The benefits and challenges of SBOMs
While software bills of material present new challenges for security teams, they offer the benefits of improved visibility, transparency and security.
Open source is fundamental to modern software development. While open source code and reusable components have simplified development, they've also exposed a critical visibility gap: Organizations are unable to accurately record and summarize all the software they produce, consume and operate. Without visibility, software supply chains are vulnerable to security and compliance risks.
Software bills of material (SBOMs) enhance visibility in the software supply chain. With recent supply chain attacks, such as SolarWinds in 2020 and Kaseya in 2021, organizations and governments are growing more aware of the importance of software supply chain security. President Joe Biden signed an executive order in May 2021, for example, that stipulates all vendors responsible for supplying software to federal agencies must provide an SBOM.
Gartner predicted 60% of organizations responsible for critical infrastructure software will mandate and standardize SBOMs in their software engineering practices by 2025 -- an uptick from less than 20% in 2022.
Here is what software engineering leaders need to know about integrating SBOMs throughout the software delivery lifecycle (SDLC) to support secure software development.
What are the benefits of SBOMs?
SBOMs help organizations determine if they are susceptible to security vulnerabilities previously identified in software components, whether those components are internally developed, commercially procured or open source software libraries. SBOMs generate and verify information about code provenance and relationships between components, which helps software engineering teams detect malicious attacks during development and deployment.
For example, a zero-day vulnerability in Apache Log4j was identified in the widely used open source Java logging library in December 2021. Once the vulnerability was uncovered, security leaders had to quickly work to identify applications using the infected library. Organizations with SBOMs had reduced response times due to their ability to map applications to vulnerable dependencies.
SBOMs also increase efficiency by connecting open source and third-party software. While every organization uses the same components, each organization scans for vulnerabilities and analyzes compliance risks separately. SBOMs' common infrastructure and data exchange format could save companies time by creating greater collaboration between organizations.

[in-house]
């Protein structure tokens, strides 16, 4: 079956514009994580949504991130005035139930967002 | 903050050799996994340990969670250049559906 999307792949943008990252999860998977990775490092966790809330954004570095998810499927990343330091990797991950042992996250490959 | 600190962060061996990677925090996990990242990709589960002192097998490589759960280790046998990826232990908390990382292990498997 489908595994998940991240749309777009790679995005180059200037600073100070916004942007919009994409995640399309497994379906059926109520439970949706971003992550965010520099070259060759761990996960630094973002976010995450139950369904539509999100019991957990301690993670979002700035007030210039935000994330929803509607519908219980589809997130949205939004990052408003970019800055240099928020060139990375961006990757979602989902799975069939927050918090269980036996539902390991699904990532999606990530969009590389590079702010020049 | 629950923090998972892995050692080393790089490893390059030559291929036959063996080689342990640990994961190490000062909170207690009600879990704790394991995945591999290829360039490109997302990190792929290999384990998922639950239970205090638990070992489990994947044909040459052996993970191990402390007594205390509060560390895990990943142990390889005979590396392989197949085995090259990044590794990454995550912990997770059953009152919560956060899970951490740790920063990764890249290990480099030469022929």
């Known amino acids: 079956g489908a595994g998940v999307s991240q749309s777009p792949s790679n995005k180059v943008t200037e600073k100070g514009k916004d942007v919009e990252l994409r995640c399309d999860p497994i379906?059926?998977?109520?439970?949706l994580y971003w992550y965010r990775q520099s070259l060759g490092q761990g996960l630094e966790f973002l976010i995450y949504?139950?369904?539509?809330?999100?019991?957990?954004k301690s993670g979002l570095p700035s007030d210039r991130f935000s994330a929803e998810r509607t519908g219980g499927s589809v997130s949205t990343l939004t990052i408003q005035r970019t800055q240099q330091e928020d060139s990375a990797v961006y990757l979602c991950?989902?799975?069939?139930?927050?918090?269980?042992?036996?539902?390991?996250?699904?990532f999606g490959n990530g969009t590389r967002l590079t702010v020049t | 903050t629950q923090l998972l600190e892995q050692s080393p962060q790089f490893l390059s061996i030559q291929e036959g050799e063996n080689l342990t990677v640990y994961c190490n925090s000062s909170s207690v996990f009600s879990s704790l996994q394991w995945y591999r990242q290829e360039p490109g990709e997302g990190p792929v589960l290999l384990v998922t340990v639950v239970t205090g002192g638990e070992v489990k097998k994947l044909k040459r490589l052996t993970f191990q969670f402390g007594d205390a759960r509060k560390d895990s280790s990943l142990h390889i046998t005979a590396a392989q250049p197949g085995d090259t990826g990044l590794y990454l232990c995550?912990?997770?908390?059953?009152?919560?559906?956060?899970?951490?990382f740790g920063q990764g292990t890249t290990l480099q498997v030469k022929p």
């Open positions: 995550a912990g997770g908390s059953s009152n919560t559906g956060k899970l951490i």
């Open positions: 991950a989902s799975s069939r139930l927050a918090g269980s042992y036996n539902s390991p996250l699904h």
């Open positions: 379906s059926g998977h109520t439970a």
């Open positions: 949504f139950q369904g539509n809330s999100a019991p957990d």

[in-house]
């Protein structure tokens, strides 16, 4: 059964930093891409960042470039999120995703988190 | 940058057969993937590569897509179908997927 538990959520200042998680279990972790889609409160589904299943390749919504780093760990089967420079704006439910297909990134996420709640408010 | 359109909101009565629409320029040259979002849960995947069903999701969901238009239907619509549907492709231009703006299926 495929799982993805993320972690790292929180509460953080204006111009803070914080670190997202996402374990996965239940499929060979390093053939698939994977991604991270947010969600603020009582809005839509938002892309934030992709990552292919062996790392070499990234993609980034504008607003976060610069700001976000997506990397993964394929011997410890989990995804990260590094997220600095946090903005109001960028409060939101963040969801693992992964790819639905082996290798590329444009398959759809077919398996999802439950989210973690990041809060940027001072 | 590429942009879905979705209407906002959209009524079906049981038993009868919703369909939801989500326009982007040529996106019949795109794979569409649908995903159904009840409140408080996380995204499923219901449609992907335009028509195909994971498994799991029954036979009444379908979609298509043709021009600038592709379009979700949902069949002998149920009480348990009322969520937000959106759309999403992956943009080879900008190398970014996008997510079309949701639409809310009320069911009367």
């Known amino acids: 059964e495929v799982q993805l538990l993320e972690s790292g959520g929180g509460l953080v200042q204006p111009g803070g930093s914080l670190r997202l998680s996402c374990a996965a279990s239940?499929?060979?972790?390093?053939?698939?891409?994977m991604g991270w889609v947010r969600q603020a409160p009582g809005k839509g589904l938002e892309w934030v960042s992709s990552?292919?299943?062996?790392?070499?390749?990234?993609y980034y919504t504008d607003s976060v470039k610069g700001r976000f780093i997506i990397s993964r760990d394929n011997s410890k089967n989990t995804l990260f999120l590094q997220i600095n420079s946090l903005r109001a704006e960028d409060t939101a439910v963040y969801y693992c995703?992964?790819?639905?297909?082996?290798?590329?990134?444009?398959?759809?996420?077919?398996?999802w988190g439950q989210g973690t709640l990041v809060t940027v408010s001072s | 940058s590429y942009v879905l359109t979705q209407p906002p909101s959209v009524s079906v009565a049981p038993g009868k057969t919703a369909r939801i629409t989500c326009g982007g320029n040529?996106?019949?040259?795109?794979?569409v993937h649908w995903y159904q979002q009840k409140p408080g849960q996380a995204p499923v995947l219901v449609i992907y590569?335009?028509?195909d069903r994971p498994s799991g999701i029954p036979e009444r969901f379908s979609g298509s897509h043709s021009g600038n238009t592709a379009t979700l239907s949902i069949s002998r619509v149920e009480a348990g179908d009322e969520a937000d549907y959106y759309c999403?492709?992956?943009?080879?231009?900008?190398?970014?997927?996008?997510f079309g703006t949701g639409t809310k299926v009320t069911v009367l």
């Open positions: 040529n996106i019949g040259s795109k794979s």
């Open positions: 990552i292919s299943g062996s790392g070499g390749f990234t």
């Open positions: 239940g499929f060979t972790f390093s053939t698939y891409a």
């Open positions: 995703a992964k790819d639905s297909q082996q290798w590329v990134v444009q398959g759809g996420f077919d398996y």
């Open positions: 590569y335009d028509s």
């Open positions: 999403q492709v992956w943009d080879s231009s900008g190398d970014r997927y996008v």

What are the challenges of adopting SBOMs?
Data sharing and data exchange standardization have influenced the success of SBOMs, as they deliver the greatest value when everyone in the supply chain adheres to the same standards. Achieving this consensus may take a while, however, due to the volume of software and tools that are already in use or emerging.
Another challenge to consider is the role of adaptability. SBOMs are not static documents. Every new release of a component must include a new SBOM. There is a huge risk in releasing and consuming new components without corresponding SBOM changes. SBOM generation and management tools are critical for widespread adoption, as they help organizations integrate SBOM functionality into software development, packaging and release activities.
Additionally, SBOM generation tools rely on discovering dependencies that can be queried through package managers. This can provide a false sense of completeness because developers can pull pre-compiled binaries or raw code into their codebases. Software engineering teams must avoid conflating one layer-deep SBOMs with complete SBOMs. To provide full transparency, SBOMs must enumerate components as deep as possible in the dependency graph. SBOMs can also provide hierarchical information, where each component in the SBOM has an SBOM of its own.
SBOMs will see increased adoption throughout critical infrastructure and human life, such as energy, utilities, healthcare, manufacturing, telecommunications and government. The most immediate impact will be in the public sector. This is especially true in U.S. federal departments and agencies, where NIST guidelines require suppliers of software products and services to support SBOMs using standard data formats. Software engineering leaders who adopt and integrate SBOMs throughout the SDLC will reap the benefits of increased visibility, transparency and security -- especially as open source code use continues to increase.
About the author
Manjunath (Manju) Bhat is a research vice president at Gartner covering practices, technologies and tools related to DevOps, site reliability engineering, cloud, automation, software engineering and open source software.